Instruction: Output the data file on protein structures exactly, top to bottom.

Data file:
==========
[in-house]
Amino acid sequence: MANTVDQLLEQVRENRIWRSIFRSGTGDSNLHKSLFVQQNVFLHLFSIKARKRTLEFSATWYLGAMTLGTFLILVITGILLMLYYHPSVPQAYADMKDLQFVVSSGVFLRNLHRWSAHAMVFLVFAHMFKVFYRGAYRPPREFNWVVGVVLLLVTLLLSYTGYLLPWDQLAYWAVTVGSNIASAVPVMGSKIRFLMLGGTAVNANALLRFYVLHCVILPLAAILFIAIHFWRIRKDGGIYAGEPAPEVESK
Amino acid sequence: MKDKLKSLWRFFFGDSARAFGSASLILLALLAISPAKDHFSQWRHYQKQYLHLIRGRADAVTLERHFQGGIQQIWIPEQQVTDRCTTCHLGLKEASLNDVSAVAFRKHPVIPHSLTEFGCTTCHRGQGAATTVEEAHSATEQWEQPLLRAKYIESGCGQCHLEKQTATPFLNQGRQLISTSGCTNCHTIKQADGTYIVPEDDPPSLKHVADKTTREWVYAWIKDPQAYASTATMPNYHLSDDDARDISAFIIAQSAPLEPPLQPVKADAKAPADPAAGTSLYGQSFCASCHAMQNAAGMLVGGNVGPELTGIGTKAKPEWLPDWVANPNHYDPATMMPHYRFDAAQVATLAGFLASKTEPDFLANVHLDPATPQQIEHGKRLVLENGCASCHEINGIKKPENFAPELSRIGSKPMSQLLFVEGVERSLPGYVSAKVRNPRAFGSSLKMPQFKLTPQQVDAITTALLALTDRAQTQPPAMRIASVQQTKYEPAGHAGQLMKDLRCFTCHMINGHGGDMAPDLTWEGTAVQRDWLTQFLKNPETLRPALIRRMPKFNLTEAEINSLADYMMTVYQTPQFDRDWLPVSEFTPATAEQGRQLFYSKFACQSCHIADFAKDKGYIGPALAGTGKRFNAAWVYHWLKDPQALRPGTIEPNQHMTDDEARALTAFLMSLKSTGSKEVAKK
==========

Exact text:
[in-house]
Amino acid sequence: MANTVDQLLEQVRENRIWRSIFRSGTGDSNLHKSLFVQQNVFLHLFSIKARKRTLEFSATWYLGAMTLGTFLILVITGILLMLYYHPSVPQAYADMKDLQFVVSSGVFLRNLHRWSAHAMVFLVFAHMFKVFYRGAYRPPREFNWVVGVVLLLVTLLLSYTGYLLPWDQLAYWAVTVGSNIASAVPVMGSKIRFLMLGGTAVNANALLRFYVLHCVILPLAAILFIAIHFWRIRKDGGIYAGEPAPEVESK
Amino acid sequence: MKDKLKSLWRFFFGDSARAFGSASLILLALLAISPAKDHFSQWRHYQKQYLHLIRGRADAVTLERHFQGGIQQIWIPEQQVTDRCTTCHLGLKEASLNDVSAVAFRKHPVIPHSLTEFGCTTCHRGQGAATTVEEAHSATEQWEQPLLRAKYIESGCGQCHLEKQTATPFLNQGRQLISTSGCTNCHTIKQADGTYIVPEDDPPSLKHVADKTTREWVYAWIKDPQAYASTATMPNYHLSDDDARDISAFIIAQSAPLEPPLQPVKADAKAPADPAAGTSLYGQSFCASCHAMQNAAGMLVGGNVGPELTGIGTKAKPEWLPDWVANPNHYDPATMMPHYRFDAAQVATLAGFLASKTEPDFLANVHLDPATPQQIEHGKRLVLENGCASCHEINGIKKPENFAPELSRIGSKPMSQLLFVEGVERSLPGYVSAKVRNPRAFGSSLKMPQFKLTPQQVDAITTALLALTDRAQTQPPAMRIASVQQTKYEPAGHAGQLMKDLRCFTCHMINGHGGDMAPDLTWEGTAVQRDWLTQFLKNPETLRPALIRRMPKFNLTEAEINSLADYMMTVYQTPQFDRDWLPVSEFTPATAEQGRQLFYSKFACQSCHIADFAKDKGYIGPALAGTGKRFNAAWVYHWLKDPQALRPGTIEPNQHMTDDEARALTAFLMSLKSTGSKEVAKK